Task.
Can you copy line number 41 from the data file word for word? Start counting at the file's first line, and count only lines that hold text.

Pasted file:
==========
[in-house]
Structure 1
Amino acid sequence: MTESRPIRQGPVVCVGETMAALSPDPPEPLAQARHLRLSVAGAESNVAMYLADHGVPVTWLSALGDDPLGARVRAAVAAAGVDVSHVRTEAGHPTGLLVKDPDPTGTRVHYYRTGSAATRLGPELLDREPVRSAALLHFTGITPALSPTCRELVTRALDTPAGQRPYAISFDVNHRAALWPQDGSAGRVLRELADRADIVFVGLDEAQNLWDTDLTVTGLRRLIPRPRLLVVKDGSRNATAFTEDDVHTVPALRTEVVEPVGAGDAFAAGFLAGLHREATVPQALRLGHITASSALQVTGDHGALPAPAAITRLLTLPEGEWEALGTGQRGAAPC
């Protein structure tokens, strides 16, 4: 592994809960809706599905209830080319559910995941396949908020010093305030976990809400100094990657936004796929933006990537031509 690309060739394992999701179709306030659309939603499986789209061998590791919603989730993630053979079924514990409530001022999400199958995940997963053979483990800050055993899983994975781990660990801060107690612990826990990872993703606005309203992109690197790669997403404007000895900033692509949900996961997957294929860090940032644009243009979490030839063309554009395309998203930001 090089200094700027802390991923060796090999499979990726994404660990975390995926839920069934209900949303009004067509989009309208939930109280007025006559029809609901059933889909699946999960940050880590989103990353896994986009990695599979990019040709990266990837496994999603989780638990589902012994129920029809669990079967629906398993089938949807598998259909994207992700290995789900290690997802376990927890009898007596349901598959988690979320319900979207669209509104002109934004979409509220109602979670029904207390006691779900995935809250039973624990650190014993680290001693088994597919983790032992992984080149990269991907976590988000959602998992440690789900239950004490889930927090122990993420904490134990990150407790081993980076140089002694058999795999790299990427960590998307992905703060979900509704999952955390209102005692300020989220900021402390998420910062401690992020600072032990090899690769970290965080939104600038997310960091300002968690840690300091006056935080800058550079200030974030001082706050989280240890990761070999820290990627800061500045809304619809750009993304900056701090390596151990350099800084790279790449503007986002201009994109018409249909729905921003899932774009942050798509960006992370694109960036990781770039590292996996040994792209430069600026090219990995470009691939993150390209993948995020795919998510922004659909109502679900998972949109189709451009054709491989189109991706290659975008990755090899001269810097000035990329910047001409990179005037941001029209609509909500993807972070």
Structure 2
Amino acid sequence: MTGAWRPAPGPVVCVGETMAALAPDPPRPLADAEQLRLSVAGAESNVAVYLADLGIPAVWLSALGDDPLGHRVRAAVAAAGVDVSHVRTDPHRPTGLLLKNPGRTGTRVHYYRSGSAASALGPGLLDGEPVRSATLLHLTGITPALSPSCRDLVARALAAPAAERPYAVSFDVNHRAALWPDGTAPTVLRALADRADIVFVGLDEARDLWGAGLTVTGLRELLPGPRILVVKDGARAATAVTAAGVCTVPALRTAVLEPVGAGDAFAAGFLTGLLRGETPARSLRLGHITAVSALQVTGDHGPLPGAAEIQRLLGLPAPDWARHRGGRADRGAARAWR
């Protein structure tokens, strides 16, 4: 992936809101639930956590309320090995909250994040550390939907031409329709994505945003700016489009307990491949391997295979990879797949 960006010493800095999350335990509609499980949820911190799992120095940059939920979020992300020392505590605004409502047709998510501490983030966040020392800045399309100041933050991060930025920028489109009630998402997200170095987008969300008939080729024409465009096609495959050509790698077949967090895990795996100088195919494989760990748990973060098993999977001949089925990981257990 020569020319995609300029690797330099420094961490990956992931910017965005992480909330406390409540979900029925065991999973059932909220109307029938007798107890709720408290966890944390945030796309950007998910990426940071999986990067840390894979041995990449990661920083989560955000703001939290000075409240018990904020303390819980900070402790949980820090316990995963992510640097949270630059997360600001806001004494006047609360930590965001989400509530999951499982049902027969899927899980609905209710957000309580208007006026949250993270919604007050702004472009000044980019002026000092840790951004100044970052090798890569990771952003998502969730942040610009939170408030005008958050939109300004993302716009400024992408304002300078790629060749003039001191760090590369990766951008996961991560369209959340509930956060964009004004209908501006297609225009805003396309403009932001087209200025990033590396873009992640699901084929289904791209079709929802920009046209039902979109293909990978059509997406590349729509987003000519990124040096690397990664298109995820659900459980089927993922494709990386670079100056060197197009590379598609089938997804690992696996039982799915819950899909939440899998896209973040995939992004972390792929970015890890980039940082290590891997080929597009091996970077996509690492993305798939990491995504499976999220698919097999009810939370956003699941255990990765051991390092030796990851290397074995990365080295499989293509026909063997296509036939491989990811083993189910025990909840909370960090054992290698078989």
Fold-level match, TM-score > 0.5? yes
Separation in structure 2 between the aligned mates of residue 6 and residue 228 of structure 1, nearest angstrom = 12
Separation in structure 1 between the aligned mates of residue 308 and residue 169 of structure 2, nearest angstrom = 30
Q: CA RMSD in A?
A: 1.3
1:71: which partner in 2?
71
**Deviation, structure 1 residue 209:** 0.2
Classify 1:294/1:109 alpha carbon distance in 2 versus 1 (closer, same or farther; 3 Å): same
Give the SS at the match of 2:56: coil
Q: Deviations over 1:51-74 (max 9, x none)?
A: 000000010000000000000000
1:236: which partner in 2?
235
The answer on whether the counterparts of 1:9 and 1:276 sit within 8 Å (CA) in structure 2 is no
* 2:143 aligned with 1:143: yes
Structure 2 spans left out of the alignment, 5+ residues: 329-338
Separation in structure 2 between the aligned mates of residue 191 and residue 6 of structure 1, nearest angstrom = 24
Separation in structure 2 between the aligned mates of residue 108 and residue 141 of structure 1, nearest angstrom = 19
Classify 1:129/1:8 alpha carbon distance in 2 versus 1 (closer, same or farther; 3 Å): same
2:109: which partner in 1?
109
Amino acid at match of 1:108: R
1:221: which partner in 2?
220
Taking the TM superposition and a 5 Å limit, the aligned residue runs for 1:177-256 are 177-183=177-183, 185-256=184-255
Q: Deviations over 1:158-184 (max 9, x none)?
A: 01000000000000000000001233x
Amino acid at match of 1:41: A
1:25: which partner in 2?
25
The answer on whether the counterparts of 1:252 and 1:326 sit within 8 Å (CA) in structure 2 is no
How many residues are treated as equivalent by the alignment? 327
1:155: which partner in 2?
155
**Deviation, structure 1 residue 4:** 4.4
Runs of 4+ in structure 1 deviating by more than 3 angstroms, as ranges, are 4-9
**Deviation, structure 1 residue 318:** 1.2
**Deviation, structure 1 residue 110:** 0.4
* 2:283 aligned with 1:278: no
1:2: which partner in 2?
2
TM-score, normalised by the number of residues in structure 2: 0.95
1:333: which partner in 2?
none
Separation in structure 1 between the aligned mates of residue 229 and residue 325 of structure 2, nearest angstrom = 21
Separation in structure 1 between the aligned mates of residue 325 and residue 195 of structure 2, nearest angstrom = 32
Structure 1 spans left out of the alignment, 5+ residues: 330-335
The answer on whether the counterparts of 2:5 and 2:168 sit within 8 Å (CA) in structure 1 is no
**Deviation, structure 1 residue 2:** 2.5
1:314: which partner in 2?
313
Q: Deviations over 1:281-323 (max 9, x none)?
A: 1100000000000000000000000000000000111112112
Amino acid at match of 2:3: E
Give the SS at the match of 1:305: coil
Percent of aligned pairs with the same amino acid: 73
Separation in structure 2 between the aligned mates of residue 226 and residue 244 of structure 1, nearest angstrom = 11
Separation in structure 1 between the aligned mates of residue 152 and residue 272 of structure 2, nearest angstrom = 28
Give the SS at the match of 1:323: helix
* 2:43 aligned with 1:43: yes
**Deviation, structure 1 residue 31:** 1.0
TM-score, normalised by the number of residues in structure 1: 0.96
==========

1:155: which partner in 2?